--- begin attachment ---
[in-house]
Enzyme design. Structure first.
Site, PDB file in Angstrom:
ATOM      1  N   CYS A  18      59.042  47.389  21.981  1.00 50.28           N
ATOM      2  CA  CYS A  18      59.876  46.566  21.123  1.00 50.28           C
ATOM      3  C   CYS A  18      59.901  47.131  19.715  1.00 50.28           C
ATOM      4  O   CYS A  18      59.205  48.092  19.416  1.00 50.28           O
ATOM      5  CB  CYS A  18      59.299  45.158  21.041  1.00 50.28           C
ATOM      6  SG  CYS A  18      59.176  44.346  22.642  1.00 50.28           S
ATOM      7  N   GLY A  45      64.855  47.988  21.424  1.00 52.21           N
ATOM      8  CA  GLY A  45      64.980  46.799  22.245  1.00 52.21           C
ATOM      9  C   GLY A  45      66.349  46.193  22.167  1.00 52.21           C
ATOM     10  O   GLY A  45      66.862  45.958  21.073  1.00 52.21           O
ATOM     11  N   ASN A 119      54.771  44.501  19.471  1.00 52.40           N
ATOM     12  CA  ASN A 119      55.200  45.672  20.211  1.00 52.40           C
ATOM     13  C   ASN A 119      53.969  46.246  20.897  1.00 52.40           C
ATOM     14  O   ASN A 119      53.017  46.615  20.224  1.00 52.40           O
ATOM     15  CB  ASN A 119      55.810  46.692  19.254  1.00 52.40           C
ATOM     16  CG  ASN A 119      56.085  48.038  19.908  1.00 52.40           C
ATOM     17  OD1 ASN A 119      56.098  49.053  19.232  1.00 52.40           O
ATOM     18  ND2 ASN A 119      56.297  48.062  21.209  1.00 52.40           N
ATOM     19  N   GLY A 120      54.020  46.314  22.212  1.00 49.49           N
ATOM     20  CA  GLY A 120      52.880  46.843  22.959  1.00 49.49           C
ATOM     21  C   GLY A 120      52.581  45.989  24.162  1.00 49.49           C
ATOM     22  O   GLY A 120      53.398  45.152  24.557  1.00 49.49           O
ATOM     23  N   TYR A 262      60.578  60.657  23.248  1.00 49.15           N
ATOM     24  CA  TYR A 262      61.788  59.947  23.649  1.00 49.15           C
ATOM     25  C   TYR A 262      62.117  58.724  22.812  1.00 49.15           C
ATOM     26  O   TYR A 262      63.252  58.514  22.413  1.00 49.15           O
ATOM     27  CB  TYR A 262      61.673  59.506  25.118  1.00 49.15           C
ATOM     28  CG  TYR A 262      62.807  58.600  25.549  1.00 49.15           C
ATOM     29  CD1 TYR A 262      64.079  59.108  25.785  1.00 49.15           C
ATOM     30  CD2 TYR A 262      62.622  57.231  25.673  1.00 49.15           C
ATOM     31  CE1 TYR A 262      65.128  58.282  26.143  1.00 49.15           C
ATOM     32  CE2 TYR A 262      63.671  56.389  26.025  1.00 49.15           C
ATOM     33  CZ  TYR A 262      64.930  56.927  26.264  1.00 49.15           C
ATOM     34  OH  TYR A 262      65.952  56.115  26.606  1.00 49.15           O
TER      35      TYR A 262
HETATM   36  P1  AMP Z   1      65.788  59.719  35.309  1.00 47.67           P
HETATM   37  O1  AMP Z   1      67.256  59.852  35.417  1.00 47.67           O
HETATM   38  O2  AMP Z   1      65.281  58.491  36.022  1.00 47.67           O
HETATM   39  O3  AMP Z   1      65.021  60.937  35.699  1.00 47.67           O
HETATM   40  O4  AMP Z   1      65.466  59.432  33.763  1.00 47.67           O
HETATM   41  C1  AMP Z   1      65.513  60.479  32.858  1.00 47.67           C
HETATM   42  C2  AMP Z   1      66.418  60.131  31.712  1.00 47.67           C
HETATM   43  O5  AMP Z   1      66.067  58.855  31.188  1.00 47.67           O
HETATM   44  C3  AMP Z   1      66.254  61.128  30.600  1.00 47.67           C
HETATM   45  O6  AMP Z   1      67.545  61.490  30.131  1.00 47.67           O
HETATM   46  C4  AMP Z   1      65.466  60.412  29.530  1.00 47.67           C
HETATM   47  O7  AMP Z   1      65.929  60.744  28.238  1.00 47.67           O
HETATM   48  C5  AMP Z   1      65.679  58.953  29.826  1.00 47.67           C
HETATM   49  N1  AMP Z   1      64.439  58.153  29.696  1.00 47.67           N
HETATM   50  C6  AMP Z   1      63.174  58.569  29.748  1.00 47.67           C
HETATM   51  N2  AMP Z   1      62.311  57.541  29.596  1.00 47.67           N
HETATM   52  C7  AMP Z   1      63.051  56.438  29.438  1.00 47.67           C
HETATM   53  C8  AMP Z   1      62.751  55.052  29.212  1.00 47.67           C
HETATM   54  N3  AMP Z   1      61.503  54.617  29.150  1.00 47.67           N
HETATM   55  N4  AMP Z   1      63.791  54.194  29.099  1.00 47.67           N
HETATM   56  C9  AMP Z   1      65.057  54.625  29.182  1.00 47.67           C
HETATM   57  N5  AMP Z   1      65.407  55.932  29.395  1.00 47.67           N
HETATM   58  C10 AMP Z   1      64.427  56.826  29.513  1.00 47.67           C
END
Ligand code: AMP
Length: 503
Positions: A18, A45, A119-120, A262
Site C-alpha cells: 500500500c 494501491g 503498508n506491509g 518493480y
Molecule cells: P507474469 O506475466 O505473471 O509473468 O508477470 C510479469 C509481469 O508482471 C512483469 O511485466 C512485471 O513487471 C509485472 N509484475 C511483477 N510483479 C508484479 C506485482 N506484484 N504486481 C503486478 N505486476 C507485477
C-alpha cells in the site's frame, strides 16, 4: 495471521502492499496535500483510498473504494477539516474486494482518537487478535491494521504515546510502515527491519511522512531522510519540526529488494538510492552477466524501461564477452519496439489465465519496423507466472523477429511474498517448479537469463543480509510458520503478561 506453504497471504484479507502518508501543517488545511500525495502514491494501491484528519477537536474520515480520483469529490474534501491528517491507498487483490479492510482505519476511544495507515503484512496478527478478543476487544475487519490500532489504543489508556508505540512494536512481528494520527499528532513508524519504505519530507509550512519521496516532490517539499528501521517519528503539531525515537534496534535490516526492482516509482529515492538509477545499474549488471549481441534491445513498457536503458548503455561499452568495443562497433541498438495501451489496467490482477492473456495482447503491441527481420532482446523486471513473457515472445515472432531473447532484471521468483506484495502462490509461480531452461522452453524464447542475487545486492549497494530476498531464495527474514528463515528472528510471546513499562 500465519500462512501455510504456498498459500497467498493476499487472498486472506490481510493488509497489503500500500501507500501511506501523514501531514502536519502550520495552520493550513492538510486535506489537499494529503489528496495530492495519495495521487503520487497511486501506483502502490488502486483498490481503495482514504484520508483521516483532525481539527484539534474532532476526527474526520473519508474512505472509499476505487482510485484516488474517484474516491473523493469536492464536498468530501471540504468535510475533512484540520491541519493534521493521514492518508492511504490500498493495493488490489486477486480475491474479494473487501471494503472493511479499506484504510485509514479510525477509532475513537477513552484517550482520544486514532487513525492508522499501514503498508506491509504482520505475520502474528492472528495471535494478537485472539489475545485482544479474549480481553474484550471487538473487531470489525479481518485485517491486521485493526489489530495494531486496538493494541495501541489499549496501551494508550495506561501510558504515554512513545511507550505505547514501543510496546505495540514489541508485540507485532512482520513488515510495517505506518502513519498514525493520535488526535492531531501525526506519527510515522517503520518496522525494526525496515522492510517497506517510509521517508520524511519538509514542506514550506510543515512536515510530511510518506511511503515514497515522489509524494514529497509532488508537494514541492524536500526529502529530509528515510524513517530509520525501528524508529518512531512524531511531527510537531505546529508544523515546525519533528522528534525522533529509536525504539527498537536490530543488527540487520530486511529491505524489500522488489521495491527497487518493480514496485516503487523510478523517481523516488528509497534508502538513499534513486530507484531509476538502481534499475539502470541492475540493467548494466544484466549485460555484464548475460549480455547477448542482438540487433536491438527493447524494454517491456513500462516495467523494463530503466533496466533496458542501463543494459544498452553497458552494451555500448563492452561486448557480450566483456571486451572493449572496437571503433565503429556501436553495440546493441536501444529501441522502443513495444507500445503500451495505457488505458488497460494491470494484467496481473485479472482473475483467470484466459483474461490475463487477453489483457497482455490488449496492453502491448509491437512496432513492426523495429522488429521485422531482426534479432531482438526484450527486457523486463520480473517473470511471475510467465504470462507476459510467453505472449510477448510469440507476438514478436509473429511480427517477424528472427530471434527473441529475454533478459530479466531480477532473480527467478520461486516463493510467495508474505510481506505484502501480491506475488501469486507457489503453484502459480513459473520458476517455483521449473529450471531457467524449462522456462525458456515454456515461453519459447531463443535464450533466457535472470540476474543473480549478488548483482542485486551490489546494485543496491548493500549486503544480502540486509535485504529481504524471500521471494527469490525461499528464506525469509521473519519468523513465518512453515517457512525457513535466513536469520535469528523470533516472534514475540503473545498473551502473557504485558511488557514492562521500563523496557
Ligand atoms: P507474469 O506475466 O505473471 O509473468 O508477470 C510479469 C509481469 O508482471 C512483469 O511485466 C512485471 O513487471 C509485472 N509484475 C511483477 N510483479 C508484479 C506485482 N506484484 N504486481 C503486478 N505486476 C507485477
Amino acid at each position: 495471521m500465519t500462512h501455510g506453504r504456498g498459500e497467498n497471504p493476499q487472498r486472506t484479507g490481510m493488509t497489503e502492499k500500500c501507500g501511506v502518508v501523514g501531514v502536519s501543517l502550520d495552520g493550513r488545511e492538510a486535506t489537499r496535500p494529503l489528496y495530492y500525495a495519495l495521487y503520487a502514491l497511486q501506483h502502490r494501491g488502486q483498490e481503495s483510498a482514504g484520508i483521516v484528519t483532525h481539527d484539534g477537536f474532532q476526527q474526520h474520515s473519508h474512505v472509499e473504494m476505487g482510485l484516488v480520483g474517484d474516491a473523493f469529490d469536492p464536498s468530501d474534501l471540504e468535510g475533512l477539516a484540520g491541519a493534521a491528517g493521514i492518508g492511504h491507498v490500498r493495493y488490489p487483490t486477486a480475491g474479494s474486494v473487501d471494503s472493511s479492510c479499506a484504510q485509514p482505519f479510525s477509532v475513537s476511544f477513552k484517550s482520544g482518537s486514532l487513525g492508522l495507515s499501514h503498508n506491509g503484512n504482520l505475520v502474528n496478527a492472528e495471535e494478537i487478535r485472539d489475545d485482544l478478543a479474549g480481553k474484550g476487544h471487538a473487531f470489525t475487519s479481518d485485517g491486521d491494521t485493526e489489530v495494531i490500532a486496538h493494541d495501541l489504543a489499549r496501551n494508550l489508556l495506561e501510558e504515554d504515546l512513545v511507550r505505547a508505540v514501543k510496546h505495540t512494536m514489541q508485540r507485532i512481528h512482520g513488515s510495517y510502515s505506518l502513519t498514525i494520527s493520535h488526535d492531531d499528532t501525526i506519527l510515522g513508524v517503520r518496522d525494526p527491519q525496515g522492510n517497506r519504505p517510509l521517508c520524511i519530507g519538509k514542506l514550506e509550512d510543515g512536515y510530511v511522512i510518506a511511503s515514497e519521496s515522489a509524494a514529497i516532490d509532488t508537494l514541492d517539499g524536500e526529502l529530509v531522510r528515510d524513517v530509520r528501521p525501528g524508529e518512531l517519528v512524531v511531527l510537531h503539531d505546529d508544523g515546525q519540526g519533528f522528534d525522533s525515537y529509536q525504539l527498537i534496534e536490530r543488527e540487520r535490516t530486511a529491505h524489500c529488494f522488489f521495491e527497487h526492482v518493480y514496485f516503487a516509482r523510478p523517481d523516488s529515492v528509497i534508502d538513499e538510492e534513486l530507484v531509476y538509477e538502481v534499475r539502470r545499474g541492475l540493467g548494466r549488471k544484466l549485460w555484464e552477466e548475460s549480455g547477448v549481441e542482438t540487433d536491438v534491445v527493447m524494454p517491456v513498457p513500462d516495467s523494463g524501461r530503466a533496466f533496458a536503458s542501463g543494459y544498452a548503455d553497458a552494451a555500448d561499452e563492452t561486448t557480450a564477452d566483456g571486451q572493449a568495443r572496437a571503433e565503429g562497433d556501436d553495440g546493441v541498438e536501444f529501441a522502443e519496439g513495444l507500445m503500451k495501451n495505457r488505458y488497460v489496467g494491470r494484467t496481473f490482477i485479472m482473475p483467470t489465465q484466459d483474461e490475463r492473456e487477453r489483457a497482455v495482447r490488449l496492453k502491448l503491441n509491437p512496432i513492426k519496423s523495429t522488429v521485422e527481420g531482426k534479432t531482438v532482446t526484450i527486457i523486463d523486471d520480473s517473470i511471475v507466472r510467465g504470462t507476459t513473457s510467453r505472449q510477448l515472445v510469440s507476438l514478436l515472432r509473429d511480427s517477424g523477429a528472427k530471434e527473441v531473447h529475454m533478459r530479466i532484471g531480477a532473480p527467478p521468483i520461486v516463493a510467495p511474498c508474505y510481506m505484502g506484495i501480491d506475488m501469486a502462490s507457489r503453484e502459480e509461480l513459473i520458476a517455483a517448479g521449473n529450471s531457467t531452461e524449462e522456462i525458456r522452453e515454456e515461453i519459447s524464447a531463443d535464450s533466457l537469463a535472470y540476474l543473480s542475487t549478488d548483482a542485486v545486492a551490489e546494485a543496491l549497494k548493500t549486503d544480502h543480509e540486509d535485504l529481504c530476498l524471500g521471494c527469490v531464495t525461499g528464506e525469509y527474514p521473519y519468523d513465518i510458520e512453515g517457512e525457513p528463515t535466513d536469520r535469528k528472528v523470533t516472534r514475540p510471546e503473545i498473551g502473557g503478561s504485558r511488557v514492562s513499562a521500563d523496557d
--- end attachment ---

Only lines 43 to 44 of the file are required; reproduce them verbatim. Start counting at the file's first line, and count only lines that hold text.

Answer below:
HETATM   40  O4  AMP Z   1      65.466  59.432  33.763  1.00 47.67           O
HETATM   41  C1  AMP Z   1      65.513  60.479  32.858  1.00 47.67           C